10.40 – 12 noon Workshops with: Workshop leader 1 Subject Format; Workshop leader 2 Subject Format; Workshop leader 3 Subject Format
12 noon L U N C H
1.15pm Speakers (15 min each): Speaker 1 Project name; Speaker 2 Project name; Speaker 3 Project name
2.00 -2.15pm Questions
2.15 – 2.45pm Open Space preparation (brainstorming – map it in the break)
2.45 – 3.15pm Break – leading into…
3.15 – 4.30pm Open Space: What work can we do together?
4.30 – 5.00pm Feedback to whole group and closing

Create a Hospitable Space

Try to pick a place that’s comfortable and welcoming – if it can be an example of the kind of ethos we’re
aiming for with Transition, so much the better.

Hosts around the world emphasize the power and importance of creating a hospitable space—one that feels safe and inviting. When people feel comfortable to be themselves, they do their most creative thinking, speaking, and listening. In particular, consider how your invitation and your physical set-up contribute to creating a welcoming atmosphere.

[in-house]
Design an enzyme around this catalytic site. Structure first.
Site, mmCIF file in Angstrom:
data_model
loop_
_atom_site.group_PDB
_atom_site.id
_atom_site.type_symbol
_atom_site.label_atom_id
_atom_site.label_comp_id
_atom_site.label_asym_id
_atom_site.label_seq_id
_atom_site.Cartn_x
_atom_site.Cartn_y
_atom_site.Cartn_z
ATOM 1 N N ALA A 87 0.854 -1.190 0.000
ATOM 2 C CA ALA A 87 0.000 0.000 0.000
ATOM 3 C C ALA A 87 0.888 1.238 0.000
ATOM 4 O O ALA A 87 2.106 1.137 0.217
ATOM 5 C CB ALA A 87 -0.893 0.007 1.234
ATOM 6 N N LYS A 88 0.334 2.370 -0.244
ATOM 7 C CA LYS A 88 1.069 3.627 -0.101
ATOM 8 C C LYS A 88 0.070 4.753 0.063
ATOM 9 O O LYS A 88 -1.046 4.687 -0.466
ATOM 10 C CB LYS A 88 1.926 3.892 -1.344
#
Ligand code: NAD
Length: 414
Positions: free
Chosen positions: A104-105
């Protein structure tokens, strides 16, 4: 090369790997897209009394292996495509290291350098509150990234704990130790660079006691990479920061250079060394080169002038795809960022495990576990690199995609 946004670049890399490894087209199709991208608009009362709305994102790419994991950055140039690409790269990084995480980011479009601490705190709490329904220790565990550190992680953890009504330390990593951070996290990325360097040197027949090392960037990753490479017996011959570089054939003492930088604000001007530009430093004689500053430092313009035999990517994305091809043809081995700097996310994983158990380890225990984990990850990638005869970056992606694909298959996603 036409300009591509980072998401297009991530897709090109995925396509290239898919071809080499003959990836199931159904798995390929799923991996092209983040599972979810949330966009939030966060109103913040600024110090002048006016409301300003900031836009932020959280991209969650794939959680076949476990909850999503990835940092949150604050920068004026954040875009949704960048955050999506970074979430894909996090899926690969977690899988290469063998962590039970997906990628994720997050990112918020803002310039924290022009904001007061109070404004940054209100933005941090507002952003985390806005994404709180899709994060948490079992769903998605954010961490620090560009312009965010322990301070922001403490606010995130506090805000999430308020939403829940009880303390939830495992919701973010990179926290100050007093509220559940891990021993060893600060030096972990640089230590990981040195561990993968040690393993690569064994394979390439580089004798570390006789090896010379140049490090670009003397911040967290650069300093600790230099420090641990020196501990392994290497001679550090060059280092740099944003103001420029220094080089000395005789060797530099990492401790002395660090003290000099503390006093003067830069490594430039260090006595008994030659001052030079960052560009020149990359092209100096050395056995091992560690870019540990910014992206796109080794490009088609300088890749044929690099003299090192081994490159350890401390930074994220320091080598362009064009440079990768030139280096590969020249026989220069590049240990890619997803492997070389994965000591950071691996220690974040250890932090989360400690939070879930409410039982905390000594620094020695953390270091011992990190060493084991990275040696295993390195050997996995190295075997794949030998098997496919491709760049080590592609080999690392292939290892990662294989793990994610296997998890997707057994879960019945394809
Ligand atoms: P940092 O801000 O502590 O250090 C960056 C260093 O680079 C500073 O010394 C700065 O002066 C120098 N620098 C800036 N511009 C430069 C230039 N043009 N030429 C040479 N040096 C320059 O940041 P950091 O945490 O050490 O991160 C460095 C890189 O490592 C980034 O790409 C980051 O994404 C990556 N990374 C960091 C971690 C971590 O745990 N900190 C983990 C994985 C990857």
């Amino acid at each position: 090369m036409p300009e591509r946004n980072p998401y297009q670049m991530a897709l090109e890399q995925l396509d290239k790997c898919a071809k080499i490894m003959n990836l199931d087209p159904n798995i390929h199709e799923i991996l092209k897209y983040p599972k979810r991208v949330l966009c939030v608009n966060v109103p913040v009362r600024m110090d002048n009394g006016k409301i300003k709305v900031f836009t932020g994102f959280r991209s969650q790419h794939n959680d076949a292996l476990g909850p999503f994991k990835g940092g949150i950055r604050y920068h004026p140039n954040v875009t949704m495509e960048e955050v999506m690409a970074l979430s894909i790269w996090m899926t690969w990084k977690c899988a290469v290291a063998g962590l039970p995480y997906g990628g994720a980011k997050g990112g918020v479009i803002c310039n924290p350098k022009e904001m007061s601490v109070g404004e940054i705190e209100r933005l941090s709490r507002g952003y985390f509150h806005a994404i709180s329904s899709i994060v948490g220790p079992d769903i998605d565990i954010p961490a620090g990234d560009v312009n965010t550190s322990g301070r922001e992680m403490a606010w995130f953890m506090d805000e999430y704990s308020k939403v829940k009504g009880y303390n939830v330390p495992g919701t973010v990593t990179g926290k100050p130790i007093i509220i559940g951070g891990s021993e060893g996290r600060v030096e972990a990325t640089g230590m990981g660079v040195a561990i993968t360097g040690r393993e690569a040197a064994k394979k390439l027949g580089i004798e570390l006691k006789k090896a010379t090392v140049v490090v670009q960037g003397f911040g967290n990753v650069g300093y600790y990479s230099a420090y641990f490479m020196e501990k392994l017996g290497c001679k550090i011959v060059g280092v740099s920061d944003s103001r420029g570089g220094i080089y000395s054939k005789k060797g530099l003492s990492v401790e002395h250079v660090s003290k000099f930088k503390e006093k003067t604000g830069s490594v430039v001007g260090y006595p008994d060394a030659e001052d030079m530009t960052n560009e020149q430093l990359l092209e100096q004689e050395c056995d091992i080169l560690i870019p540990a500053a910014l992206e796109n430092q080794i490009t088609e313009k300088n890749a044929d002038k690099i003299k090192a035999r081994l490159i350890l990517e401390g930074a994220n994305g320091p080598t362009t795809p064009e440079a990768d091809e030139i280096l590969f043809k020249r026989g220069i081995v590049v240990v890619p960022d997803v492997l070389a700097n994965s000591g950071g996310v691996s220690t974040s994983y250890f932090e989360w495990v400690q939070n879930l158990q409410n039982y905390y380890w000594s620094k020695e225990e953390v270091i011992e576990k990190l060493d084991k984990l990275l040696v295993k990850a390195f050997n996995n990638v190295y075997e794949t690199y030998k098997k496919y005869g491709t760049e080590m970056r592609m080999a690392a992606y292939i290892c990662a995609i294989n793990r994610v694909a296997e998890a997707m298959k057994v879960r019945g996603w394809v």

Finding the right place; booking and paying for it; being the contact person for the owners; co-ordinating setting up the room/s and tidying away at the end. Your Community Hall, Your Town, Your postal code, Travel arrangements. Here are directions to get there.

Find the right shape to arrange the seats for the meeting. You may start with conventional style: stage in front chairs facing the stage for the public; and then after some time change the setting for a circle and ask the people how and if they feel different.